Washington, DC, U.S.A. --- (METERING.COM) --- September 6, 2010 - The U.S. National Institute of Standards and Technology (NIST) has issued the first “Guidelines for Smart Grid Cyber Security,” presenting an analytical framework that organizations can use to develop effective cyber security strategies.
The three volume publication extending, with appendices, to almost 600 pages (NISTIR 7628) includes high level security requirements, a framework for assessing risks, an evaluation of privacy issues at personal residences, and additional information for businesses and organizations to use as they craft strategies to protect the modernizing power grid from attacks, malicious code, cascading errors, and other threats.
The product of two formal public reviews and the focus of numerous workshops and teleconferences over the past 17 months, the document is intended to facilitate organization specific smart grid cyber security strategies focused on prevention, detection, response and recovery.
The guidelines identify 137 interfaces, or points of data exchange or other types of interactions within or between different smart grid systems and subsystems, which in turn are assigned to one or more of 22 logical interface categories on the basis of shared or similar functional and security characteristics. The high level security requirements, which are described for each of these 22 logical interface categories, are:
- Cyber security objectives
- Confidentiality, integrity, and availability impact levels
- Impact levels for the CI&A categories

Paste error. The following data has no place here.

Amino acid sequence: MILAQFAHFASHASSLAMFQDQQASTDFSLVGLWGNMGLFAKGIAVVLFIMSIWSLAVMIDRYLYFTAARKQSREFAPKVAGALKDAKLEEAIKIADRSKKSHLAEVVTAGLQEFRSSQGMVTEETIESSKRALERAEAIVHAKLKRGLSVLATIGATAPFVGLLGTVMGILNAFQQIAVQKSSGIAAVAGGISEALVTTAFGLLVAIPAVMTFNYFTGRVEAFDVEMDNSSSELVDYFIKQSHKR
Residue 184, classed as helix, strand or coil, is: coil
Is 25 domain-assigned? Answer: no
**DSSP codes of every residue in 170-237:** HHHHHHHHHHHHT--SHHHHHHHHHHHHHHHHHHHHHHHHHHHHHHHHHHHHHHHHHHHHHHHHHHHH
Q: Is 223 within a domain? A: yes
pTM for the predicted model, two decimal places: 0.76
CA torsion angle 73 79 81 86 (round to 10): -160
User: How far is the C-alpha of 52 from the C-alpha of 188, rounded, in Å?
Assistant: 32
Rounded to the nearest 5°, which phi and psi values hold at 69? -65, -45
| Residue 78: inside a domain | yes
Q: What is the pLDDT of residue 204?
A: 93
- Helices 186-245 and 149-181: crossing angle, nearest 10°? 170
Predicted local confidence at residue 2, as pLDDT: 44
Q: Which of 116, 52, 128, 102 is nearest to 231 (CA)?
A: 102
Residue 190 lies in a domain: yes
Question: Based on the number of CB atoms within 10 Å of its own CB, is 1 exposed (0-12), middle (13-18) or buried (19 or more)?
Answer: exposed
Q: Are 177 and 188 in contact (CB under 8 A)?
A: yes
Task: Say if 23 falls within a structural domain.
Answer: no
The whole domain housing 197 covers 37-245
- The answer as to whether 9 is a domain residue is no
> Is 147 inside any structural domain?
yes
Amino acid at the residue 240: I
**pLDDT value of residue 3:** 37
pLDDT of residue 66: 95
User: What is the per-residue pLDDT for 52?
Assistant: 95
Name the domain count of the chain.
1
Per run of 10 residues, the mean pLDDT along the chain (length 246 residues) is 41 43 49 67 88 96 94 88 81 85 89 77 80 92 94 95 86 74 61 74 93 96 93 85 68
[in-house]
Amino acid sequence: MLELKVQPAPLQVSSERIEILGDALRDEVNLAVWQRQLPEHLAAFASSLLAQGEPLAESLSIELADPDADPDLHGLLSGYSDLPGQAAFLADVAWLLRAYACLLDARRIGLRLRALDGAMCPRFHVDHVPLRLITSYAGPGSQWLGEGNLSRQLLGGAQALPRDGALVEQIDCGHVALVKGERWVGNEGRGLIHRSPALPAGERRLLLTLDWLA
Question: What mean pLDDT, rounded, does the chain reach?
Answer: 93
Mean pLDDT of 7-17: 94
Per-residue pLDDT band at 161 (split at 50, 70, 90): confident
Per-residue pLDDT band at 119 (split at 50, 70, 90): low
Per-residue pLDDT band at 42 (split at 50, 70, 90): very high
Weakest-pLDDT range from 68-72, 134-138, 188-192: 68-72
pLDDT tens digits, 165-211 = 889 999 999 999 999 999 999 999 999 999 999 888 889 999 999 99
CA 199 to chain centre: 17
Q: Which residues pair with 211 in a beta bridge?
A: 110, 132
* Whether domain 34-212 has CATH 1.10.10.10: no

- Selection of security requirements
- Security requirements example
- Recommended security requirements
- Access control
- Awareness and training
- Audit and accountability
- Security assessment and authorization
- Configuration management
- Continuity of operations
- Identification and authentication
- Information and document management
- Incident response
- Smart grid information system development and maintenance
- Media protection
- Physical and environmental security
- Security program management
- Personnel security
- Risk management and assessment
- Smart grid information system and services acquisition
- Smart grid information system and communication protection
- Smart grid information system and information integrity.
In all, the report details 189 high level security requirements applicable either to the entire smart grid or to particular parts of the grid and associated interface categories.
The report also includes a description of the risk assessment process used to identify the requirements; a discussion of technical cryptographic and key management issues across the scope of smart grid systems and devices; and initial recommendations for addressing privacy risks and challenges pertaining to personal residences and electric vehicles. Further, there is an overview of the process that was developed to assess whether existing or new standards that enable smart grid interoperability also satisfy the high level security requirements included in the report, and a summary of research needs.
“These advisory guidelines are a starting point for the sustained national effort that will be required to build a safe, secure and reliable smart grid,” said George Arnold, NIST's national coordinator for Smart Grid interoperability. “They provide a technical foundation for utilities, hardware and software manufacturers, energy management service providers, and others to build upon. Each organization's implementation of cyber security requirements should evolve as technology advances and new threats to grid security arise.”
The guidelines were developed by the Cyber Security Working Group (CSWG) of the Smart Grid Interoperability Panel, now numbering more than 475 participants and chaired by the NIST’s Annabelle Lee and latterly Marianne Swanson.
The NIST was mandated under the Energy Independence and Security Act of 2007 to coordinate the development of a framework for an end to end safe, secure and interoperable smart grid.